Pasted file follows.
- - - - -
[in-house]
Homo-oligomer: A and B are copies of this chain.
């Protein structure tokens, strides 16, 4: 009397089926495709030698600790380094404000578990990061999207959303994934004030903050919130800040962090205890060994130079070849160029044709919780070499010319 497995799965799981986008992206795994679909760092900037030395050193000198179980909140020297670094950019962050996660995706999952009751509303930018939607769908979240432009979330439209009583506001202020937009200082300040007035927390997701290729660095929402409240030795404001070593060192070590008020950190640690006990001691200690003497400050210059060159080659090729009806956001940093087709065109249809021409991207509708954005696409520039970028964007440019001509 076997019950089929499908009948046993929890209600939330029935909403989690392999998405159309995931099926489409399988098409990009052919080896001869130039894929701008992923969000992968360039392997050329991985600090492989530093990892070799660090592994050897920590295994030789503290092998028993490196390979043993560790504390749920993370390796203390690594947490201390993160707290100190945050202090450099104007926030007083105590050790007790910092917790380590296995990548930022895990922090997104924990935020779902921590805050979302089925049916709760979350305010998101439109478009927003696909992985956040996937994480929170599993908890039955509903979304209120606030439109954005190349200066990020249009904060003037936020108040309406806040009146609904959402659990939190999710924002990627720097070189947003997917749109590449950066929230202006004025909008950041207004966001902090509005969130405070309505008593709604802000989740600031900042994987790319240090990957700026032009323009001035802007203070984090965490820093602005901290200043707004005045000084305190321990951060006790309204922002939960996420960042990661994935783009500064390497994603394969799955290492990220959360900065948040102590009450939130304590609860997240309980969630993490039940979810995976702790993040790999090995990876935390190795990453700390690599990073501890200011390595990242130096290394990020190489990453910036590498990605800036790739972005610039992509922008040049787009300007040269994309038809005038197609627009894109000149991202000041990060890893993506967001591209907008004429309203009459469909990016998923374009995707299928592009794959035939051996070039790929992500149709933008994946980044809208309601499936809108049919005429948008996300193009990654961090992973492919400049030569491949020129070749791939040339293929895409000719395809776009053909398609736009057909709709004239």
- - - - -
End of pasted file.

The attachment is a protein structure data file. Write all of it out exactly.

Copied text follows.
[in-house]
Homo-oligomer: A and B are copies of this chain.
């Protein structure tokens, strides 16, 4: 009397089926495709030698600790380094404000578990990061999207959303994934004030903050919130800040962090205890060994130079070849160029044709919780070499010319 497995799965799981986008992206795994679909760092900037030395050193000198179980909140020297670094950019962050996660995706999952009751509303930018939607769908979240432009979330439209009583506001202020937009200082300040007035927390997701290729660095929402409240030795404001070593060192070590008020950190640690006990001691200690003497400050210059060159080659090729009806956001940093087709065109249809021409991207509708954005696409520039970028964007440019001509 076997019950089929499908009948046993929890209600939330029935909403989690392999998405159309995931099926489409399988098409990009052919080896001869130039894929701008992923969000992968360039392997050329991985600090492989530093990892070799660090592994050897920590295994030789503290092998028993490196390979043993560790504390749920993370390796203390690594947490201390993160707290100190945050202090450099104007926030007083105590050790007790910092917790380590296995990548930022895990922090997104924990935020779902921590805050979302089925049916709760979350305010998101439109478009927003696909992985956040996937994480929170599993908890039955509903979304209120606030439109954005190349200066990020249009904060003037936020108040309406806040009146609904959402659990939190999710924002990627720097070189947003997917749109590449950066929230202006004025909008950041207004966001902090509005969130405070309505008593709604802000989740600031900042994987790319240090990957700026032009323009001035802007203070984090965490820093602005901290200043707004005045000084305190321990951060006790309204922002939960996420960042990661994935783009500064390497994603394969799955290492990220959360900065948040102590009450939130304590609860997240309980969630993490039940979810995976702790993040790999090995990876935390190795990453700390690599990073501890200011390595990242130096290394990020190489990453910036590498990605800036790739972005610039992509922008040049787009300007040269994309038809005038197609627009894109000149991202000041990060890893993506967001591209907008004429309203009459469909990016998923374009995707299928592009794959035939051996070039790929992500149709933008994946980044809208309601499936809108049919005429948008996300193009990654961090992973492919400049030569491949020129070749791939040339293929895409000719395809776009053909398609736009057909709709004239």